• Requires unsubstantiated supplements: Although proponents of the blood type diet suggest that the use of dietary supplements can help people following the diet plan meet their nutritional needs, such supplements are not regarded as a reasonable substitute for a healthy, balanced meal plan.
  • Can be restrictive: Since the diets prescribed for blood types A and O are restrictive, there's some concern that individuals following these diets may fail to achieve sufficient intake of many vitamins and minerals that are essential for health.
  • Not backed by evidence: A research review published in 2013 no evidence to support any of the health claims associated with the blood type diet. In this review, scientists looked at 16 previously published reports on the blood type diet. Another 2020 review also found that there are no cardiometabolic benefits to be gained from the blood type diet.

Since any health changes occurred independently of the participants' blood types, the study's authors concluded that their findings do not back up the overall theory behind the blood type diet.

Is the Blood Type Diet a Healthy Choice for You?

The blood type diet is based on theory; it isn't rooted in scientific fact and its effectiveness has not been proven in clinical settings. The overall plan does emphasize whole, natural, and unprocessed foods, however, which makes it healthier than some pre-packaged meal plans or meal-replacement plans.

The U.S. Department of Agriculture's 2020–2025 Dietary Guidelines for Americans provide recommendations for a balanced diet. The following nutrient-dense foods are considered part of a healthy diet:

  • Vegetables of all types and dark, leafy greens (e.g., kale, spinach, broccoli, Swiss chard, green beans
  • Fruits, especially whole fruits (e.g., apples, berries, melon)
  • Grains, especially whole grains (e.g., quinoa, brown rice, oats)
  • Lean animal protein (e.g., chicken breast, fish, turkey breast, eggs)
  • Beans and legumes (e.g., beans, lentils, peas)
  • Nuts and seeds (e.g., walnuts, almonds, sunflower seeds)
  • Dairy products (e.g., reduced-fat milk, cheese, yogurt, as well as fortified soy-based dairy-free alternatives)
  • Oils, including oils found in foods (e.g., olive oil, avocado oil, nuts, seafood) 

Depending on your blood type, this plan may or may not meet the USDA's definition of a healthy meal plan.

  • The Type AB diet is the least restrictive and allows for the widest variety of foods to ensure adequate nutrition.
  • The Type A diet prohibits meat and dairy, which have nutrients, namely protein, that can be found in other foods with careful planning.
  • The Type B diet also offers a varied diet, with the exception of nuts and seeds, and meets most of the requirements of the USDA healthy eating plan.
  • The Type O diet avoids dairy and grains, which are considered important parts of a healthy diet, according to the USDA. With careful planning, however, the nutrients found in grains and dairy can be made up by eating a variety of vegetables.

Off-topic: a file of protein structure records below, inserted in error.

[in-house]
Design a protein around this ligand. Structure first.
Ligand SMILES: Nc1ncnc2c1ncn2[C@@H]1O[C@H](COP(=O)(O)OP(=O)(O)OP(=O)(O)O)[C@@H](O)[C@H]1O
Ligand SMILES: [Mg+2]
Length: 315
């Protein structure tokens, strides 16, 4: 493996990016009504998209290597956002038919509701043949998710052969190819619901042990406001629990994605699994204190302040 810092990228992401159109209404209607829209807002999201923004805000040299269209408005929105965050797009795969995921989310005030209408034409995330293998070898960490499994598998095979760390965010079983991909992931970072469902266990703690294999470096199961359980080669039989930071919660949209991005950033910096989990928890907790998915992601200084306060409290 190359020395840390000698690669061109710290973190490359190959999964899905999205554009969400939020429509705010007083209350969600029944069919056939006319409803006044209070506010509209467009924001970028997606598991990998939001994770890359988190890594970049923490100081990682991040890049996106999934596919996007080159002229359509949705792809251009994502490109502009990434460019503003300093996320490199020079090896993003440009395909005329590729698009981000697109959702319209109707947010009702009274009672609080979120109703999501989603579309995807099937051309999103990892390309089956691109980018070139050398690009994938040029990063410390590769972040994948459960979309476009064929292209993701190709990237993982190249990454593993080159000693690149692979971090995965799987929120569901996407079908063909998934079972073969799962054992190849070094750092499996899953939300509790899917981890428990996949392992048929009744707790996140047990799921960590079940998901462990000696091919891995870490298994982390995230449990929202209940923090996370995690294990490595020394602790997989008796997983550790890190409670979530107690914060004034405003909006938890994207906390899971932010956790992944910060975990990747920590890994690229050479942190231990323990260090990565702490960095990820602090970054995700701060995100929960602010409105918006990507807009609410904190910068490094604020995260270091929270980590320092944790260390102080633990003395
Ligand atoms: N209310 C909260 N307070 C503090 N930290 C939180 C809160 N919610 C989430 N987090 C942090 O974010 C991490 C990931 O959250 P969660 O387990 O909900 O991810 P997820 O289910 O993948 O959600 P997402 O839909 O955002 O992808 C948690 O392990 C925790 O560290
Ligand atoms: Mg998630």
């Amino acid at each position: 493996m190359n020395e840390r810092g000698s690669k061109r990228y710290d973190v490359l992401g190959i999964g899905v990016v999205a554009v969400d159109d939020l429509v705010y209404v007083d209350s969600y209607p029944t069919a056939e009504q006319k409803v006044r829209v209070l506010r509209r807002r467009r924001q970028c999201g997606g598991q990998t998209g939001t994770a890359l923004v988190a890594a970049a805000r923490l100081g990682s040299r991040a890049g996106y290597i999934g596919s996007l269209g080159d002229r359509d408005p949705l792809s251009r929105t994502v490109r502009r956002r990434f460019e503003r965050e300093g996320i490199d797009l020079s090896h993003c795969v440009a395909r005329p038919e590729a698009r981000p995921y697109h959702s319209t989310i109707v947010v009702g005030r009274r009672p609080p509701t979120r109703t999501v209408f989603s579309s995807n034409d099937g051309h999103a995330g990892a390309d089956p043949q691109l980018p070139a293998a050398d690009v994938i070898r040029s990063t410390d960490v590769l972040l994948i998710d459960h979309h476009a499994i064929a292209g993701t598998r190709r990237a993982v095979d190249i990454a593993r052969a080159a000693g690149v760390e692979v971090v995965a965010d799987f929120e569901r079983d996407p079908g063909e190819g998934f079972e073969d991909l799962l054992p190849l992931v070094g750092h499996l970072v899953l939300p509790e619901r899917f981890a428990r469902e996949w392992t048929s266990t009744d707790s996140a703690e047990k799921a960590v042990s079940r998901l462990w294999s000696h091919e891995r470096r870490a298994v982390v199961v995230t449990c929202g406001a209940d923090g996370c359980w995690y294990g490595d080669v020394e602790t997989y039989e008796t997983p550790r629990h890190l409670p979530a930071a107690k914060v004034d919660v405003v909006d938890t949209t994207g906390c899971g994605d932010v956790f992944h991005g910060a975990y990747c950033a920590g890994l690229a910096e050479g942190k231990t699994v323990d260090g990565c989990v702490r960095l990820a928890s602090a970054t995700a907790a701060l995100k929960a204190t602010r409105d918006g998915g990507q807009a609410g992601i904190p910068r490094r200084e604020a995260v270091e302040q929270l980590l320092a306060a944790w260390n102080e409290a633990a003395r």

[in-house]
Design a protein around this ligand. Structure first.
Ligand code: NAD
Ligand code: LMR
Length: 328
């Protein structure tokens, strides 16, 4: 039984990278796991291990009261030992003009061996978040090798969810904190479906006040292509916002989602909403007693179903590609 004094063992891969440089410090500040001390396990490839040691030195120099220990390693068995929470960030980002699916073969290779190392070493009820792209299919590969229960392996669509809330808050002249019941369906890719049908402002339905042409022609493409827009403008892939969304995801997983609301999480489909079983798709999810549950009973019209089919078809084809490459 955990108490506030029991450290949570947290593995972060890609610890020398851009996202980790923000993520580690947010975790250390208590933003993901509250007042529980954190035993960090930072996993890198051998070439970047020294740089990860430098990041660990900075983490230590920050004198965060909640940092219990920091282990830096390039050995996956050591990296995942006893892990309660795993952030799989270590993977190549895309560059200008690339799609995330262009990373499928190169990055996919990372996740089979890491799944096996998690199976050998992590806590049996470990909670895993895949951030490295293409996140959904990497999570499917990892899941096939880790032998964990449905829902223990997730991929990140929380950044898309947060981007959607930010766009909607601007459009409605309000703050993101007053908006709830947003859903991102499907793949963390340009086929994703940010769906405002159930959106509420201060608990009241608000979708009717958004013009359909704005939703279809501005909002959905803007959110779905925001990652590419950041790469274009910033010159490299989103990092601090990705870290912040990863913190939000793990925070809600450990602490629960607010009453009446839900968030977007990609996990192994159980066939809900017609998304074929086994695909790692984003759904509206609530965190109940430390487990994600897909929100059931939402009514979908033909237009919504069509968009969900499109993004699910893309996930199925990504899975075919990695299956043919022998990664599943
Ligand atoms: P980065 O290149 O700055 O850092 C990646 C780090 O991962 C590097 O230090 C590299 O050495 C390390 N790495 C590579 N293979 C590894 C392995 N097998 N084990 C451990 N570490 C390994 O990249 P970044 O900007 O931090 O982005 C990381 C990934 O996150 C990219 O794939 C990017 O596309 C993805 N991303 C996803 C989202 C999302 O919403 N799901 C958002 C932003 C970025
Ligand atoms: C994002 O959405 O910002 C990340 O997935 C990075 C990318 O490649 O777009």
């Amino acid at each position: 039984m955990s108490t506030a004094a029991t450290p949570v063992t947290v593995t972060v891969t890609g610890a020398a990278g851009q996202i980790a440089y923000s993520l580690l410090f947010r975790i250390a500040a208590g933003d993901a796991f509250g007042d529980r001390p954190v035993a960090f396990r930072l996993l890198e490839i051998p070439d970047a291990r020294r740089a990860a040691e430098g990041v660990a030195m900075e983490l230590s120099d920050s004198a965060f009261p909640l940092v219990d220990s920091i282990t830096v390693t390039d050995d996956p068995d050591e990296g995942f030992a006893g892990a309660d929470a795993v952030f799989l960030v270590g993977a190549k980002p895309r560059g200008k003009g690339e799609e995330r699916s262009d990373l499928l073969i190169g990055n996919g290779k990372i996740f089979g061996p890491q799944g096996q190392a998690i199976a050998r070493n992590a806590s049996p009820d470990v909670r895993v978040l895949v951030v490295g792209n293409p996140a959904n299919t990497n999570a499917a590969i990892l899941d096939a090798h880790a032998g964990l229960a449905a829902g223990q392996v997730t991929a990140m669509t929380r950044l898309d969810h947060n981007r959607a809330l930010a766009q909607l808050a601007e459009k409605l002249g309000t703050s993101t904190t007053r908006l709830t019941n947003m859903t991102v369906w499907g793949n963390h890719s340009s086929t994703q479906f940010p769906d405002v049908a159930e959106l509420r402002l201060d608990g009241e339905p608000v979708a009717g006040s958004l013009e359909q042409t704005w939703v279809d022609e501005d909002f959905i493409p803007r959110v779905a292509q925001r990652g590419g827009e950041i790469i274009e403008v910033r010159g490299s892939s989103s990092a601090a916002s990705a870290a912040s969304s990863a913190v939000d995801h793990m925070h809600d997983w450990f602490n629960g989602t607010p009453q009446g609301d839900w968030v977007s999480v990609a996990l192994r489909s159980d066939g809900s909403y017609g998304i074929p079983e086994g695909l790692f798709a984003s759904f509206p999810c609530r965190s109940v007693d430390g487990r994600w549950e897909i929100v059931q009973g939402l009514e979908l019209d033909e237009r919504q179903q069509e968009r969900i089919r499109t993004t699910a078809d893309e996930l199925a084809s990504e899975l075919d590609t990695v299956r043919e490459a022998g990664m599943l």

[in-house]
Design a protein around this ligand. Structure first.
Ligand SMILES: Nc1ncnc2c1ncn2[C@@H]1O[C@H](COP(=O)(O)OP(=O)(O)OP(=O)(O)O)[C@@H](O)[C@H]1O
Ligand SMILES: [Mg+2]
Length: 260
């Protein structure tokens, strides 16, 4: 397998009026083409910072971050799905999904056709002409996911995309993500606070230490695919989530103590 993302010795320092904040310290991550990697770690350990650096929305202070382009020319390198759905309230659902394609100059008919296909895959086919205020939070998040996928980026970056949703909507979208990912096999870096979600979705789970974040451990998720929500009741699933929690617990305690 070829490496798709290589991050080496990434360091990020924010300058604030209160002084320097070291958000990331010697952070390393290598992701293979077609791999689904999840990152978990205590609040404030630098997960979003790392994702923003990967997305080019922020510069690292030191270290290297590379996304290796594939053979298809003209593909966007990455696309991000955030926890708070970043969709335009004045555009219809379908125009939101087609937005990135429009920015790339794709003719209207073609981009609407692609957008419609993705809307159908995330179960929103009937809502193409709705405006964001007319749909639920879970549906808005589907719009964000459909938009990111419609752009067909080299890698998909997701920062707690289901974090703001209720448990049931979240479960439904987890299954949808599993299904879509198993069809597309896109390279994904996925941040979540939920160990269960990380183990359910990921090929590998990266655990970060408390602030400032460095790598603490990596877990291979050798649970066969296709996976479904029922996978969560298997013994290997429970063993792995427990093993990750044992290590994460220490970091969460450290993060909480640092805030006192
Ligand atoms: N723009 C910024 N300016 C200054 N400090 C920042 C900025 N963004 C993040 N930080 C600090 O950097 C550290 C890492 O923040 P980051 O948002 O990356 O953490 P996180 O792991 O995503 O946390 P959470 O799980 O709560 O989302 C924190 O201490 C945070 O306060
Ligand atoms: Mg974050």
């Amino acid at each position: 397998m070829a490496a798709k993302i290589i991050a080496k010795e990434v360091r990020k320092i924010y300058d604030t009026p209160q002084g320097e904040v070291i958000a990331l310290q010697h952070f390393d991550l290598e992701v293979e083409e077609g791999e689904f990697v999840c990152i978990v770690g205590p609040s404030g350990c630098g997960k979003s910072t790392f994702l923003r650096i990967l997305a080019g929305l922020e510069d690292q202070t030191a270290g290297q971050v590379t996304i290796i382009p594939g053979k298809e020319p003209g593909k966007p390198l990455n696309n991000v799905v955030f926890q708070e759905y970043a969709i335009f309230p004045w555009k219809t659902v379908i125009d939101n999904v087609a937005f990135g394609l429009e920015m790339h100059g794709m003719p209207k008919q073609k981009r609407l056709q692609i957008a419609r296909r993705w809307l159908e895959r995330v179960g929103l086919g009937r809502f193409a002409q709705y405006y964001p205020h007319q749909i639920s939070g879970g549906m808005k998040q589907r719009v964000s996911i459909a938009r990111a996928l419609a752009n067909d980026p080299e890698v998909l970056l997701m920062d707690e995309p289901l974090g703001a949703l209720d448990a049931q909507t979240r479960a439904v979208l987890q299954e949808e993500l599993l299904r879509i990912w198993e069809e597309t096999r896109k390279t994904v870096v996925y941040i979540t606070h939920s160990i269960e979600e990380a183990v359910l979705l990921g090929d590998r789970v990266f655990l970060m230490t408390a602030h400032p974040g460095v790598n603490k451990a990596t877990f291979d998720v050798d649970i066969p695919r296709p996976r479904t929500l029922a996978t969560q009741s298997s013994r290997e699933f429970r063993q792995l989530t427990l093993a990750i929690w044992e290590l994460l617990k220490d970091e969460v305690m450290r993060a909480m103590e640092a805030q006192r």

The blood-type diet does not suggest tracking or limiting calories. The USDA recommends a reduction of 500 calories per day for weight loss. On a 2,000-calorie diet, that's around 1,500 calories per day—but this number varies based on age, sex, weight, and activity level. Use this calculator to determine the right number of calories for you.

The prescribed plans for each blood type in the blood type diet eliminate some foods that are considered crucial to good health. Depending on your blood type, the diet may or may not adhere to federal dietary guidelines and is therefore not a recommended eating plan for overall health or weight management.

A Word From Verywell

While the blood type diet may offer some benefits in certain cases, following a health regimen that combines sensible calorie restriction and regular exercise is generally considered the most effective strategy for weight loss. If you're considering this diet plan, whether for weight loss or overall health, be sure to talk with a doctor or registered dietitian first.

Remember, following a long-term or short-term diet may not be necessary for you and many diets out there simply don’t work, especially long-term. While we do not endorse fad diet trends or unsustainable weight loss methods, we present the facts so you can make an informed decision that works best for your nutritional needs, genetic blueprint, budget, and goals.

If your goal is weight loss, remember that losing weight isn’t necessarily the same as being your healthiest self, and there are many other ways to pursue health. Exercise, sleep, and other lifestyle factors also play a major role in your overall health. The best diet is always the one that is balanced and fits your lifestyle.

7 Sources
Verywell Fit uses only high-quality sources, including peer-reviewed studies, to support the facts within our articles. Read our editorial process to learn more about how we fact-check and keep our content accurate, reliable, and trustworthy.
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  2. Fock KM, Khoo J. Diet and exercise in management of obesity and overweightJ Gastroenterol Hepatol. 2013;28 Suppl 4:59-63. doi:10.1111/jgh.12407

  3. Koliaki C, Spinos T, Spinou Μ, Brinia Μ-E, Mitsopoulou D, Katsilambros N. Defining the optimal dietary approach for safe, effective and sustainable weight loss in overweight and obese adultsHealthcare (Basel). 2018;6(3). doi:10.3390/healthcare6030073

  4. Wang J, García-Bailo B, Nielsen DE, El-Sohemy A. ABO genotype, 'blood-type' diet and cardiometabolic risk factors. PLoS ONE. 2014;9(1):e84749. doi:10.1371/journal.pone.0084749

  5. Barnard ND, Rembert E, Freeman A, Bradshaw M, Holubkov R, Kahleova H. Blood type is not associated with changes in cardiometabolic outcomes in response to a plant-based dietary intervention. Journal of the Academy of Nutrition and Dietetics. 2021;121(6):1080-1086. doi:10.1016/j.jand.2020.08.079

  6. U.S. Department of Health and Human Services and U.S. Department of Agriculture. 2020–2025 Dietary Guidelines for Americans. Ninth Edition.

  7. U.S. Department of Agriculture. I want to lose a pound of weight. How many calories do I need to burn?.

By Rachel MacPherson, BA, CPT
Rachel MacPherson is a health writer, certified personal trainer, and exercise nutrition coach based in Montreal.